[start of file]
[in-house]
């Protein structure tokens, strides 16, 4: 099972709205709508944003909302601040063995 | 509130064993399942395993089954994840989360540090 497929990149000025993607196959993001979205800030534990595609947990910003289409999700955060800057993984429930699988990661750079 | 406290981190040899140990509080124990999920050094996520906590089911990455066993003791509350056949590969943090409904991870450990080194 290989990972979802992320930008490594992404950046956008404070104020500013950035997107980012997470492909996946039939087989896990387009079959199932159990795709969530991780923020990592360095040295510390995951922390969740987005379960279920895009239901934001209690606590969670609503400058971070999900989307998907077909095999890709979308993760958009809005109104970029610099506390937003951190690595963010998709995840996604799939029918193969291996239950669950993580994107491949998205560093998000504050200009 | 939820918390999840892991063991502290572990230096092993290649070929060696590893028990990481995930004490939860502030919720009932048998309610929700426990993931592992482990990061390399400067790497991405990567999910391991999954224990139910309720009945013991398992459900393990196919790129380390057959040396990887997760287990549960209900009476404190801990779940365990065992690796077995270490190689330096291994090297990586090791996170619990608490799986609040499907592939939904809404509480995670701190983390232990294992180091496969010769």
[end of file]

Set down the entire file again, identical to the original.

[in-house]
């Protein structure tokens, strides 16, 4: 099972709205709508944003909302601040063995 | 509130064993399942395993089954994840989360540090 497929990149000025993607196959993001979205800030534990595609947990910003289409999700955060800057993984429930699988990661750079 | 406290981190040899140990509080124990999920050094996520906590089911990455066993003791509350056949590969943090409904991870450990080194 290989990972979802992320930008490594992404950046956008404070104020500013950035997107980012997470492909996946039939087989896990387009079959199932159990795709969530991780923020990592360095040295510390995951922390969740987005379960279920895009239901934001209690606590969670609503400058971070999900989307998907077909095999890709979308993760958009809005109104970029610099506390937003951190690595963010998709995840996604799939029918193969291996239950669950993580994107491949998205560093998000504050200009 | 939820918390999840892991063991502290572990230096092993290649070929060696590893028990990481995930004490939860502030919720009932048998309610929700426990993931592992482990990061390399400067790497991405990567999910391991999954224990139910309720009945013991398992459900393990196919790129380390057959040396990887997760287990549960209900009476404190801990779940365990065992690796077995270490190689330096291994090297990586090791996170619990608490799986609040499907592939939904809404509480995670701190983390232990294992180091496969010769």